Overstretched police units are “strained” and at “breaking point” as they deal with more than double the number of sex abuse offences than recorded before 2012.
A surge in reports of historical sex abuse cases may be behind the increase, with Ballarat offences rising from 227 in 2012 to 569. Crime Statistics Agency data released showed a 26.2 per cent rise in the number of sexual offences in Ballarat during 2016 compared to a statewide 9.1 per cent increase.
While increased reporting was a Royal Commission objective, it comes at cost. A senior Sexual Offences and Child Abuse Investigations Team (SOCIT) source said the 16 members were struggling to deal with the “extreme” and increasing workload.
“The attrition rate has increased over the past couple of years due to the workload,” they said.
“We are struggling to put out response teams (to cases) because we have had no increase in staff. (Police) aren’t given the time they need to investigate these cases.
“Sometimes it takes people 30 years to come forward and report … investigating those cases can take over a year.”
The senior officer said members were “burnt out” with an expectation they could juggle up to 15 cases at a time.
However, the city’s top police officer Andrew Allen said the unit was adequately staffed across all divisions.
Statewide Victoria Police recorded 12,956 sexual offences in 2016 with an offence rate of 214 offences per 100,000 people.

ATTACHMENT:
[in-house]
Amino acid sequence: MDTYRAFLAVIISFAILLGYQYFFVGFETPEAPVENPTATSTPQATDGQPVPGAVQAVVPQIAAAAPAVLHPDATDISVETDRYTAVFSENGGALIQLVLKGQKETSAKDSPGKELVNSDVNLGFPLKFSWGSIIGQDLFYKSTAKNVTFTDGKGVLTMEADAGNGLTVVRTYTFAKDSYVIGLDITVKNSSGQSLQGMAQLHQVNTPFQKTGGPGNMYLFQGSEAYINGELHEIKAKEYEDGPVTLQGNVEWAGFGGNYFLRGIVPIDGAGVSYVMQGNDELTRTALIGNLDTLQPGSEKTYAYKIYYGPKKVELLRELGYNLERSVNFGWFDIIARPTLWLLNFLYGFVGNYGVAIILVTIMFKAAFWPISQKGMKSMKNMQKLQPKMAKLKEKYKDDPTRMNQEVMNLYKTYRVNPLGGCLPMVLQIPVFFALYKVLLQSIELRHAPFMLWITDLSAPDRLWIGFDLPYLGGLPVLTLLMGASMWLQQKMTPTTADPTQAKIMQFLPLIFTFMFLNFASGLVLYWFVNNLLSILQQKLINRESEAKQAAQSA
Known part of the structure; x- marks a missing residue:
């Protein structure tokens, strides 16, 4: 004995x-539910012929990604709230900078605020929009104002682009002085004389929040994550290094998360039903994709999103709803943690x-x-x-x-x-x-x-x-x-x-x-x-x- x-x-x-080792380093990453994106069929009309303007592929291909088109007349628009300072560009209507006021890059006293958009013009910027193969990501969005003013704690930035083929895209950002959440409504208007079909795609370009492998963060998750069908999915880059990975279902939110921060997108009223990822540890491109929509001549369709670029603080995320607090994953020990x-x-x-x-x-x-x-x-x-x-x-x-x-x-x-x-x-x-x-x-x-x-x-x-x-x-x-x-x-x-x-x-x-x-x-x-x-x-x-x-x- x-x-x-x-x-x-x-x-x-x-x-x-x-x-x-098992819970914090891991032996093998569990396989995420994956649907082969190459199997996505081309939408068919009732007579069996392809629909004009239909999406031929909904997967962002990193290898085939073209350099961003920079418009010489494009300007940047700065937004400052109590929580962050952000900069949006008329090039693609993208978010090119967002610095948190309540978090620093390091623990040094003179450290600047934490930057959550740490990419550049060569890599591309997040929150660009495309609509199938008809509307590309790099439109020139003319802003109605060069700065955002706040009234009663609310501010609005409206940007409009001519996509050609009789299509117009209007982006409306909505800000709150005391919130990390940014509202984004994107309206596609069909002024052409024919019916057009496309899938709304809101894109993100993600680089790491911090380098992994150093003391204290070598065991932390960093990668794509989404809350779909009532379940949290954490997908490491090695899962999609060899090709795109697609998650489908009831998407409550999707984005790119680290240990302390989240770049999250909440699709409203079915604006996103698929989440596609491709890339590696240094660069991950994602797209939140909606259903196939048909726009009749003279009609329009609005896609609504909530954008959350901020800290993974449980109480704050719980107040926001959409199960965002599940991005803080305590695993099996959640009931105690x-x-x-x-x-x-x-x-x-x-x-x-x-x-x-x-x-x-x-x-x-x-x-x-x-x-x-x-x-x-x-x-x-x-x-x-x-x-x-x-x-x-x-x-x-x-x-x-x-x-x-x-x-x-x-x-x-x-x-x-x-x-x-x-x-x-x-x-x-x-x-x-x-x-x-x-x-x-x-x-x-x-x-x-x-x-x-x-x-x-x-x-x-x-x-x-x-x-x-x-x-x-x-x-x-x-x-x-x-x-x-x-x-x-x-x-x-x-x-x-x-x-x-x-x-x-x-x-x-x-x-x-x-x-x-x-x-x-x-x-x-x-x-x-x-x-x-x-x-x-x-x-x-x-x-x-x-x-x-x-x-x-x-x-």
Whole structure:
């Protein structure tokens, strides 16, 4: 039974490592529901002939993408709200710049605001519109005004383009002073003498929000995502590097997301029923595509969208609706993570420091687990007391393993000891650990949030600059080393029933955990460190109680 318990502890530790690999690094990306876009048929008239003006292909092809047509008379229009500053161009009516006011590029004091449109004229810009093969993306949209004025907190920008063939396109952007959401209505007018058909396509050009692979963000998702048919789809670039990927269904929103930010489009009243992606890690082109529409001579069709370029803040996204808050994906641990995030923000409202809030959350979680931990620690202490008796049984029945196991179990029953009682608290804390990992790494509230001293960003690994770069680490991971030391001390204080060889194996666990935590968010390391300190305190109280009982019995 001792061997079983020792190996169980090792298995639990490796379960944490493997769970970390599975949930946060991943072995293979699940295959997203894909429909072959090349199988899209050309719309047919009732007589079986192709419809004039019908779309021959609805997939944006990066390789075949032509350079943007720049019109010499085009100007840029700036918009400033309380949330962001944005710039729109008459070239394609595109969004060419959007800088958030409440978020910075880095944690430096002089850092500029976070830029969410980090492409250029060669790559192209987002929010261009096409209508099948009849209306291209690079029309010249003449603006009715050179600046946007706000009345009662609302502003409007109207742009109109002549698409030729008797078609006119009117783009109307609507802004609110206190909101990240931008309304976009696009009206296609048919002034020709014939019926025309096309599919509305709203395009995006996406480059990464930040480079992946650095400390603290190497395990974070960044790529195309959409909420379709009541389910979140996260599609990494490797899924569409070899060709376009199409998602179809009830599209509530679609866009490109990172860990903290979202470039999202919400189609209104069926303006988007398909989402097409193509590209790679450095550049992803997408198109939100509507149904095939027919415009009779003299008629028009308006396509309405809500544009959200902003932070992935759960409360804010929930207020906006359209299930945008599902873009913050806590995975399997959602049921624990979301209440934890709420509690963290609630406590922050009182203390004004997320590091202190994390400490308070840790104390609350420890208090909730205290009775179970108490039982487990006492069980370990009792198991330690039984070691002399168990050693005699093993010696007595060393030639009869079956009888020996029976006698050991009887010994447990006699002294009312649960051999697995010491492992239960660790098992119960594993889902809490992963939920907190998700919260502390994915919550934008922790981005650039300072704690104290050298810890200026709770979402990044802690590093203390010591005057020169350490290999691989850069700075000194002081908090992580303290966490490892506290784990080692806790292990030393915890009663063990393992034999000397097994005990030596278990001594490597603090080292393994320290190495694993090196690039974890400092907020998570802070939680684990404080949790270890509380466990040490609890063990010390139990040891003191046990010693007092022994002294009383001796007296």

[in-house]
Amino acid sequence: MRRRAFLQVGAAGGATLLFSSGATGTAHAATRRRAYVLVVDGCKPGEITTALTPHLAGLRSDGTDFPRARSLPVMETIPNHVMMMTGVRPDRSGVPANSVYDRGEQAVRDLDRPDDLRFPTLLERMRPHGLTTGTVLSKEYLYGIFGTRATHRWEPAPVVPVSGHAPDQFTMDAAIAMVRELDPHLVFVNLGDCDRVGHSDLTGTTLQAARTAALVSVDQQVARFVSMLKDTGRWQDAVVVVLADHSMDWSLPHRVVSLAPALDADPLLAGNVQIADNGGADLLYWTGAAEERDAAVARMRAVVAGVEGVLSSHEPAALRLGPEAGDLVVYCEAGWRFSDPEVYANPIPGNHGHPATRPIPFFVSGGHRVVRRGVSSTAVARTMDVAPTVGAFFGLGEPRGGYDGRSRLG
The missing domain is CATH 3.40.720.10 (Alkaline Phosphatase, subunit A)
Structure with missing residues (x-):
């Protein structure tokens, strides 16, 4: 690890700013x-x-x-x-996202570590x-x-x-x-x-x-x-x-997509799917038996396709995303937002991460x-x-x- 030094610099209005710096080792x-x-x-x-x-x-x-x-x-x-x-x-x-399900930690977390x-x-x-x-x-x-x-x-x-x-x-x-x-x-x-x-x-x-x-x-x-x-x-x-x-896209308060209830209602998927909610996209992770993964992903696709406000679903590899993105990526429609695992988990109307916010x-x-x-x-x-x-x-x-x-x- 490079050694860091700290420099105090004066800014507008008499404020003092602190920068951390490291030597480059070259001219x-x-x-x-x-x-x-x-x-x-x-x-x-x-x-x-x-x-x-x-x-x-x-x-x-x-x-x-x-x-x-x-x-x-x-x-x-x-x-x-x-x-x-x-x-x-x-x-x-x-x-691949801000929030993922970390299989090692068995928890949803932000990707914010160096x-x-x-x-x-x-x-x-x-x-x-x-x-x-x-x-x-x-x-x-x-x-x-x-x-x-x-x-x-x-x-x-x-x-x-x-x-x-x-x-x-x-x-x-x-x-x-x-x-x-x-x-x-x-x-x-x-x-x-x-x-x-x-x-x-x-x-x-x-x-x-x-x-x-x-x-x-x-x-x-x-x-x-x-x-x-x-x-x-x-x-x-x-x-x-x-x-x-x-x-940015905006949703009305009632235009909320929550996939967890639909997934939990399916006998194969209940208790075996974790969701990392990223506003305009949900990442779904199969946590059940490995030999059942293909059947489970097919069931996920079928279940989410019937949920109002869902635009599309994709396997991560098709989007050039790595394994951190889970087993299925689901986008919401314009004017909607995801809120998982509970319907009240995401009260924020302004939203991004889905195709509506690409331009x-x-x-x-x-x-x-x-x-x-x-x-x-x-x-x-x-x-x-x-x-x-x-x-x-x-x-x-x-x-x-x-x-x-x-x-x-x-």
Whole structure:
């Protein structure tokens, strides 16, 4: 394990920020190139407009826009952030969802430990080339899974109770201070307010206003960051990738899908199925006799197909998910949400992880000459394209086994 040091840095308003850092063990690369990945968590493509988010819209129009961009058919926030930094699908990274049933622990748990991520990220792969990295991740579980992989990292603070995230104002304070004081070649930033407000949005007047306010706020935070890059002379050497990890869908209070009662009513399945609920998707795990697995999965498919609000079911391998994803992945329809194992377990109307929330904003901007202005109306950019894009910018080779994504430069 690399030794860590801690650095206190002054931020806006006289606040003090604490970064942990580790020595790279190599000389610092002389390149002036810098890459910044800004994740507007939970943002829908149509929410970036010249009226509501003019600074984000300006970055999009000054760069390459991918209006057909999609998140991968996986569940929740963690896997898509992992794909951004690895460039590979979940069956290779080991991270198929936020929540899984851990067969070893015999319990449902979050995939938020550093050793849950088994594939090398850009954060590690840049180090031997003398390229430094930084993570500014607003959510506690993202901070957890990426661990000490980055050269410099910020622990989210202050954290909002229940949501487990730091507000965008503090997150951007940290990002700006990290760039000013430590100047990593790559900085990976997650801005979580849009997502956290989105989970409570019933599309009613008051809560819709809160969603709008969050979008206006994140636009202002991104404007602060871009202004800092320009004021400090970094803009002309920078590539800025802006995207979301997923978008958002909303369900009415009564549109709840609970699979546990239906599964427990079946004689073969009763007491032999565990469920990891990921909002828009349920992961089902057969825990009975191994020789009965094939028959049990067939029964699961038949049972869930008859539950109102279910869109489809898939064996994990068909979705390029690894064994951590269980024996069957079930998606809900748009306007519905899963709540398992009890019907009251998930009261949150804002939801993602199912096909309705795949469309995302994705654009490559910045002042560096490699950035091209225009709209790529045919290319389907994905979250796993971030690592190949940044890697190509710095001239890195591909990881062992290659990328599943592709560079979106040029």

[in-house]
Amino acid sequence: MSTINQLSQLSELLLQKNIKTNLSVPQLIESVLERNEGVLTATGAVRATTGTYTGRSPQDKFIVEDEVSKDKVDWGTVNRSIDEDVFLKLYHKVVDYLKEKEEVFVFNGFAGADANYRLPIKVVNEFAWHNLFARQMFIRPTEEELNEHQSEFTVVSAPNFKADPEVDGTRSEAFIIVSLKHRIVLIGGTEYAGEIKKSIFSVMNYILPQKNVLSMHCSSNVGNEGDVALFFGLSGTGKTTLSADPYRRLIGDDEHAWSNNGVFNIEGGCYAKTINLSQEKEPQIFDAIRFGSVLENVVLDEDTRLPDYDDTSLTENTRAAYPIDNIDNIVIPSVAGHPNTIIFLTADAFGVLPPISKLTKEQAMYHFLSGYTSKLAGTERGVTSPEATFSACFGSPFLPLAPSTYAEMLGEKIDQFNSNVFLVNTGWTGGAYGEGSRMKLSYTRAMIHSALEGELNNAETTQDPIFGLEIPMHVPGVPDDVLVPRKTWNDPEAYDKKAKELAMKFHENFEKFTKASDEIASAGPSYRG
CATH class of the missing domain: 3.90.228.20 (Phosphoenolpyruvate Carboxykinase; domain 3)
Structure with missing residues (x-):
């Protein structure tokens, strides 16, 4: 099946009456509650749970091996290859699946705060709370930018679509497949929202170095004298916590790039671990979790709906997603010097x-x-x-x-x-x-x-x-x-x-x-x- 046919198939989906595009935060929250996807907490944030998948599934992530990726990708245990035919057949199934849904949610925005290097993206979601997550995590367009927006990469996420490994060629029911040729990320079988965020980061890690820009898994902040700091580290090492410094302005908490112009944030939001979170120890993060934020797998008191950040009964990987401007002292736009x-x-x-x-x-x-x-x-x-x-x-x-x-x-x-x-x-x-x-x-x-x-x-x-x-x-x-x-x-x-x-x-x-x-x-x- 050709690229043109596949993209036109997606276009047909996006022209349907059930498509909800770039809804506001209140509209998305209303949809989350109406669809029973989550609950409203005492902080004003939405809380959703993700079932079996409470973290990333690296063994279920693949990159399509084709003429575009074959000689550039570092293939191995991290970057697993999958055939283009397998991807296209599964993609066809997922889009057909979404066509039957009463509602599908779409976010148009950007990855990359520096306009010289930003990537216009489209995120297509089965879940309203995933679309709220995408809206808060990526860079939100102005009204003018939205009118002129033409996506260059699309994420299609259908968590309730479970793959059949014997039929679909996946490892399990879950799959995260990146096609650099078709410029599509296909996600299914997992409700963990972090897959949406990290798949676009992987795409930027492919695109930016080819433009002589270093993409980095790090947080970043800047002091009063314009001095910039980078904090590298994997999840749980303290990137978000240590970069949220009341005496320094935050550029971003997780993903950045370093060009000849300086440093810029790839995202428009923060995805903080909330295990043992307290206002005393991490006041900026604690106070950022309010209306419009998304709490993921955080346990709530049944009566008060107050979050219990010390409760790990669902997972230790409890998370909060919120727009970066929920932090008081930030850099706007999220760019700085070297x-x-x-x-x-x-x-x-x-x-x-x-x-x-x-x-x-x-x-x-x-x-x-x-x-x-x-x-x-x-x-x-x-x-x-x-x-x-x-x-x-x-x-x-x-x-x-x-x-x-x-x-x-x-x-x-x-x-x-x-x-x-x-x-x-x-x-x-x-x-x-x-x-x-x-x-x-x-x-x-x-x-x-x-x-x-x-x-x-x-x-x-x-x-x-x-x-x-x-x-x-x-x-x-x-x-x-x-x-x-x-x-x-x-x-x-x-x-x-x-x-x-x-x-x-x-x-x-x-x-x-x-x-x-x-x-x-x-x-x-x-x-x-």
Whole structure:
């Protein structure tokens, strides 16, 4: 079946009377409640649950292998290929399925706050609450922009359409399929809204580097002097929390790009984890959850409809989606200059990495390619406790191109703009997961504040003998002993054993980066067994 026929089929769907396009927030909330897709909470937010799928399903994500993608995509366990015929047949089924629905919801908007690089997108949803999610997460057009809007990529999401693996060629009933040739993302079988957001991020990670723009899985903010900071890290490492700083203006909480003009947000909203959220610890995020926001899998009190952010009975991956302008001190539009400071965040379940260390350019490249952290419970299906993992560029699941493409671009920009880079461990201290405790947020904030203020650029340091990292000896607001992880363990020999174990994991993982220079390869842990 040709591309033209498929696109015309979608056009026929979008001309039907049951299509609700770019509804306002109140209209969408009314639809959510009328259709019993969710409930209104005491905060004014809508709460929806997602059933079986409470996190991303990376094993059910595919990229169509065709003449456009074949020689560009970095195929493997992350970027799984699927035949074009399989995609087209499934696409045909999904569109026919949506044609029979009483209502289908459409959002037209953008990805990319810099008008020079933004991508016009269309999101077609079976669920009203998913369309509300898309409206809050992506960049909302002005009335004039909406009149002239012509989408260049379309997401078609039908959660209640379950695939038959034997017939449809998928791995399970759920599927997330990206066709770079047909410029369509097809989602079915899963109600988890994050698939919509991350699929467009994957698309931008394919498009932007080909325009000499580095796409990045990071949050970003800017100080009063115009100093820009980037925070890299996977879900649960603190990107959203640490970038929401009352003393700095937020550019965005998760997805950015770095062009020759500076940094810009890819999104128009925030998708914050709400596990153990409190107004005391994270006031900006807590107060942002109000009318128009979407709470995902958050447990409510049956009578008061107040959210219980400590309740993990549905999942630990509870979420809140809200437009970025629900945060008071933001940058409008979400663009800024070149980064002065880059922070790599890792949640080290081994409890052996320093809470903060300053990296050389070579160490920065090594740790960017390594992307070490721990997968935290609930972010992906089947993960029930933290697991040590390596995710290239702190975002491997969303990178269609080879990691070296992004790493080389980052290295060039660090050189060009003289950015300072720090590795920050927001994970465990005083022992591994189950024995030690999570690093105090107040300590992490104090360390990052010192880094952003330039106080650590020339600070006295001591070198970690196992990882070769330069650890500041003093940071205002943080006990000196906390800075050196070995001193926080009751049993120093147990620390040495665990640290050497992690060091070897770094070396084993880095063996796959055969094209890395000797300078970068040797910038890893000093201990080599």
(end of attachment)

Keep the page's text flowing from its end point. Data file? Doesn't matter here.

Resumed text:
In five years, the number of sexual offences increased by 45 per cent, up from 8936 offences in 2012.
A police media spokeswoman said there had been a significant increase of sexual assault reports in the Ballarat region since the start of the Royal Commission.
“It’s important to recognise that increased reporting, particularly of historical offences, shows that more victims are confident in coming forward to police and this is encouraging,” she said.
“When looking at data, it is also important to understand that an increase in the number of offences does not always correlate with an increase in the number of offenders.
“Where one person is charged with a significant number of offences over a period time, this can lead to a substantial increase in one reporting period.”
The CSA said changes to the numbers and rates of sexual offences recorded may be affected by increases in reporting of historical incidents of sexual offences.